Judging by the long lines outside the hotel's M. J. O'Connors restaurant, some con-goers must have changed their dining plans, deciding to eat in instead of exploring Boston's restaurant scene.

My friends and I trudged through the snow on foot to the restaurant. The sidewalks nearest and around the hotel were relatively clear, crews out with mechanical sweepers trying to keep up with the snow. As we got further away from the hotel, there was an inch or two underfoot and I found myself needing to pay attention to how I planted my feet so I wouldn't slide, but this is February, in New England, and of course I had boots, a scarf, a winter coat, and gloves. I also thought to grab extra tissues from the hotel so that the three of us would be able to wipe off our wet eyeglasses when we arrived so we could actually see the menu.

We had a nice meal and good conversation while I sent my husband pictures of the restaurant and food, much to his dismay ("You're not making this any better.") As we left the restaurant, the sidewalk was more slippery underfoot, but once again, near the hotel it was fine.

After dinner, we managed to hit the first Book Launch Party, held in the Galleria/Con Suite. Authors and publishers with a new book sat at the Con Suite table with their books and swag and you were able to chat and inspect the new books. I hope they do that again next year (and that I have a book out next year so I can participate). Duncan Eagleson was there with his first novel Darkwalker. (Don't you hate multi-talented people? Just look at his creds!)

While staffing the Broad Universe table, I heard that I missed a great panel, Fun with Seriously Silly Poses, where participants re-enacted scenes from SF/fantasy/horror cover art. As Mur Lafferty pointed out in her post, it was similar to what Jim C. Hines did in his excellent "Striking a Pose" on his web site. Darn! Hope they repeat that one some time.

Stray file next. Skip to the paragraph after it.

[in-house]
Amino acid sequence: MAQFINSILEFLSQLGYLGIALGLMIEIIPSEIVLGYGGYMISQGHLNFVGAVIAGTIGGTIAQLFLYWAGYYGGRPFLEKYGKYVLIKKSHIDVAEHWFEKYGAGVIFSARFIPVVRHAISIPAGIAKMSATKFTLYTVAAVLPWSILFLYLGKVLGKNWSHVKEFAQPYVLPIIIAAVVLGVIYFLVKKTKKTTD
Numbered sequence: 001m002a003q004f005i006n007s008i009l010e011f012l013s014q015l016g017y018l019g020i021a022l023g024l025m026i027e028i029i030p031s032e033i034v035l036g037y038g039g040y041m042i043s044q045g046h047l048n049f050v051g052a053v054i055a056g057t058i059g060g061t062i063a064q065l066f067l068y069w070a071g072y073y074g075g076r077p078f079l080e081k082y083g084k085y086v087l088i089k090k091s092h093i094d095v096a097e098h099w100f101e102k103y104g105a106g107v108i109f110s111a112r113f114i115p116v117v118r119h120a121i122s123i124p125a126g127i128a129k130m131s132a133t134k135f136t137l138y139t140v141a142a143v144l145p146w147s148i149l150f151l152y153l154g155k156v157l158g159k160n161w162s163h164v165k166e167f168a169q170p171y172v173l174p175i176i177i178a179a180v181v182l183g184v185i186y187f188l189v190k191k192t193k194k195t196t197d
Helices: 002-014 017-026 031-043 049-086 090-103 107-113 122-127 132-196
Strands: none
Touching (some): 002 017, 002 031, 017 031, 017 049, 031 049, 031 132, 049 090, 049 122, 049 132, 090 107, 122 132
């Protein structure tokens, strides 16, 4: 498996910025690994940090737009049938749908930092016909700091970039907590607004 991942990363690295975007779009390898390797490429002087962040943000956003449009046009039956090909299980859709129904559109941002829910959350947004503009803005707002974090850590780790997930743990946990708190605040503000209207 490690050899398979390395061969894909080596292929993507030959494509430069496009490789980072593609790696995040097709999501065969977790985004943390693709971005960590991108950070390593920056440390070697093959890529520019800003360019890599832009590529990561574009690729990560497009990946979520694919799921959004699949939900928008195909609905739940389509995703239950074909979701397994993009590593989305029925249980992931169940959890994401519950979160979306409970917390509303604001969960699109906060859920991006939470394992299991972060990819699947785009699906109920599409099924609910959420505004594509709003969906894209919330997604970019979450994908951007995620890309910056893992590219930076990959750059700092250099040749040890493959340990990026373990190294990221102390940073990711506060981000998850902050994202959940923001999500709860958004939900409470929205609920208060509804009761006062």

To be continued.

Monday, February 17, 2014

Boskone 2014 Recap - Part 2 (Saturday)

Trying to be a good convention-goer, I silenced the sound on my cell phone. I didn't remember that I did that when I set the alarm on my cell phone Friday night. It probably would have been okay except that 1) I kept waking up in the night with leg cramps from walking back and forth, and 2) I didn't even think of going to bed until 1:00 am because I was engaged in a great conversation with sister Broad Universe member Justine Graykin.

Add to that the fact that the Westin hotel has this great green/conservation program of allowing you to opt out of daily room cleaning (thereby saving water from linens and towels being washed when they really don't need to) and you have a recipe for wakeup failure. If I had opted for the normal housekeeping, a knock on the door would have woken me by, say, 9:00. Unfortunately, there was no knock, and I slept until 10:03.  I missed the Writers' Warmup by E. C. Ambrose, author of the Dark Apostle series, and Writing Fan Fiction for Kids with Mur Lafferty and Max Gladstone.